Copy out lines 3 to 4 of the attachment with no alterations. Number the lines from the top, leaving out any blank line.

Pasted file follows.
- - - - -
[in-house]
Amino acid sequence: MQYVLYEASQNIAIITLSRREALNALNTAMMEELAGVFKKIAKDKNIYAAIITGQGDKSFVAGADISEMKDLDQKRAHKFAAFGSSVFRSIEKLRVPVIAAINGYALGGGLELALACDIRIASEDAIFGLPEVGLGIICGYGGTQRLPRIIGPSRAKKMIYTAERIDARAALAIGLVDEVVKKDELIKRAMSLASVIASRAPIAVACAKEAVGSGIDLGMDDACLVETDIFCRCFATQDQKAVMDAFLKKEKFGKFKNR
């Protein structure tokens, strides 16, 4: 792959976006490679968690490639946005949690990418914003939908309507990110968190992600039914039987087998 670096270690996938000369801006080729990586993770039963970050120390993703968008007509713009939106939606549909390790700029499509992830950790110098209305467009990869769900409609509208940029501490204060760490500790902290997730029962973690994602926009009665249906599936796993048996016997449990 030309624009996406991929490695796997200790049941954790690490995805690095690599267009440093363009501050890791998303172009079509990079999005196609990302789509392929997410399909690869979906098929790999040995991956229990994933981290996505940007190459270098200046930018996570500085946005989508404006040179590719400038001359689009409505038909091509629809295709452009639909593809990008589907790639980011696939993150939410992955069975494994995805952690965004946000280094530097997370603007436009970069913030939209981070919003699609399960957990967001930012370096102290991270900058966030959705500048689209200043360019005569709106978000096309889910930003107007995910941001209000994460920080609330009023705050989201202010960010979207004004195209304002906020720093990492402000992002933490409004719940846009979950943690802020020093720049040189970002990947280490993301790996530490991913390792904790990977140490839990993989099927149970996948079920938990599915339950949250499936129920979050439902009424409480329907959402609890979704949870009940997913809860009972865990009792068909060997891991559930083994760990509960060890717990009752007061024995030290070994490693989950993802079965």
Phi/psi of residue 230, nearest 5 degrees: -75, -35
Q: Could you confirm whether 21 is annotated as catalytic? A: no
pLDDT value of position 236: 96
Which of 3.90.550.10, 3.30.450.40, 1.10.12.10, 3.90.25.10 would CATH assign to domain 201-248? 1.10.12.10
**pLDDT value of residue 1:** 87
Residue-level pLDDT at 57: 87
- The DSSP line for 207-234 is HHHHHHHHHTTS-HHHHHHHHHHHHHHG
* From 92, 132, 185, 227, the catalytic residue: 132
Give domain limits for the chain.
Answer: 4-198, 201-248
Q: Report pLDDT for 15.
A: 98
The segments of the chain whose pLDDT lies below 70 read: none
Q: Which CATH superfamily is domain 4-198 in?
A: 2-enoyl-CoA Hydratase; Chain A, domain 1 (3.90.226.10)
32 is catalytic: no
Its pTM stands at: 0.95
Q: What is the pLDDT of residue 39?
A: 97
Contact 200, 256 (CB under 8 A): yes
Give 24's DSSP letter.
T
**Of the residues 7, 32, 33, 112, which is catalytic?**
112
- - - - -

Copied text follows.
């Protein structure tokens, strides 16, 4: 792959976006490679968690490639946005949690990418914003939908309507990110968190992600039914039987087998 670096270690996938000369801006080729990586993770039963970050120390993703968008007509713009939106939606549909390790700029499509992830950790110098209305467009990869769900409609509208940029501490204060760490500790902290997730029962973690994602926009009665249906599936796993048996016997449990 030309624009996406991929490695796997200790049941954790690490995805690095690599267009440093363009501050890791998303172009079509990079999005196609990302789509392929997410399909690869979906098929790999040995991956229990994933981290996505940007190459270098200046930018996570500085946005989508404006040179590719400038001359689009409505038909091509629809295709452009639909593809990008589907790639980011696939993150939410992955069975494994995805952690965004946000280094530097997370603007436009970069913030939209981070919003699609399960957990967001930012370096102290991270900058966030959705500048689209200043360019005569709106978000096309889910930003107007995910941001209000994460920080609330009023705050989201202010960010979207004004195209304002906020720093990492402000992002933490409004719940846009979950943690802020020093720049040189970002990947280490993301790996530490991913390792904790990977140490839990993989099927149970996948079920938990599915339950949250499936129920979050439902009424409480329907959402609890979704949870009940997913809860009972865990009792068909060997891991559930083994760990509960060890717990009752007061024995030290070994490693989950993802079965």
Phi/psi of residue 230, nearest 5 degrees: -75, -35